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What Is the Recovery Process After Shoulder Arthroscopy Surgery?

You wake up slowly, not sure where you are. 

As your surroundings gradually come into focus, you remember: You just had shoulder arthroscopy surgery, and now you’re in the recovery room.

Your family and friends come to visit, and while you’re glad to see them, one thought is uppermost in your mind: When will you get back to normal?

Our team at Steven E. Nolan, M.D. knows you’re anxious to return to your pre-injury condition. Here’s the bad news: Even though shoulder arthroscopy is minimally invasive, it’s still surgery, and there’s still a timeline for full recovery. Here’s the good news: If you listen to Dr. Nolan and do what he recommends, your recovery will proceed normally, and you'll be back to doing what you love sooner than you think.

What is shoulder arthroscopy?

Arthroscopic surgery refers to minimally invasive surgical procedures performed through a tiny incision in your body. Dr. Nolan inserts an arthroscope with a camera through the incision to see the issue; he then uses small surgical instruments to repair the problem. 

The benefit of this type of surgery is that the recovery time is usually much quicker than traditional surgery, which requires a larger incision to open the body.

Your shoulder is a complex joint with muscles, tendons, bones, and joints where many things can go wrong. One of the most common causes of shoulder surgery is a rotator cuff injury; other common surgical issues include arthritis, shoulder instability, fractures, damaged cartilage, and more.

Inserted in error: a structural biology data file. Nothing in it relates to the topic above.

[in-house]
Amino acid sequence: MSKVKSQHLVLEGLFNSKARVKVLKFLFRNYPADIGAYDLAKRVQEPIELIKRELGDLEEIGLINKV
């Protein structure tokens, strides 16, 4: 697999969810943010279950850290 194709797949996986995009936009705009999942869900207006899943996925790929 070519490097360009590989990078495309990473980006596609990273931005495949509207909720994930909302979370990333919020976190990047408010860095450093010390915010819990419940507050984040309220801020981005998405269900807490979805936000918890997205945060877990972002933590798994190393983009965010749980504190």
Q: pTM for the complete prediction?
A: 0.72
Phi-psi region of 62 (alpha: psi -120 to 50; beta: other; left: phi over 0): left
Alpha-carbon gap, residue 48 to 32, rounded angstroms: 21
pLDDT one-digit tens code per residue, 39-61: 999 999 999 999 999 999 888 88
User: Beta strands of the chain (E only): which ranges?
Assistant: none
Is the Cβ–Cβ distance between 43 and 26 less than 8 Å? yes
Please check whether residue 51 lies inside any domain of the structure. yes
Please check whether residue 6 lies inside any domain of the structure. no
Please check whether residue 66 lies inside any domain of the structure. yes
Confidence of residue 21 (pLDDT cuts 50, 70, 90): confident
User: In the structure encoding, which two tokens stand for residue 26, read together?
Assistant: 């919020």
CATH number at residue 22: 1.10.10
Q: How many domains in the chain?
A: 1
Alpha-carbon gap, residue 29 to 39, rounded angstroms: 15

What happens after surgery?

Arthroscopic procedures are fairly quick — most surgeries take less than an hour. Assuming all has gone well with your procedure, you’ll recover in a separate room for a few hours before going home with stitches, bandages, and pain medication.

Complete recovery from your surgery will depend on the complexity of the surgery but will likely take at least a few months. You’ll have pain and swelling for a few weeks; ice and pain medications will help. 

If your repair is minor, you can likely resume light activity and work after a few days and be able to drive in one to three weeks. If your surgery is major, we immobilize your shoulder initially, and you may have to wear a sling for up to 10 days. 

How long is rehabilitation?

Again, depending on how complex your surgery was, physical therapy will be a big part of your recovery process. Your therapist will work with you to develop a custom treatment plan to reduce your pain while rebuilding your strength, mobility, flexibility, and function while preventing the buildup of scar tissue.

You follow a prescribed exercise program at home. As you gradually build strength, you work up to more strenuous exercises. Full recovery depends on age, health, and procedure type, but it can take several months to return to normal. 

If you have a shoulder injury or are considering shoulder surgery, our team at Steven E. Nolan M.D. is here to help. We want to make the process as smooth as possible for you, so to get started, just call our office in Sugarland, Texas, at 281-720-6909 or use our online scheduler to book an appointment anytime.

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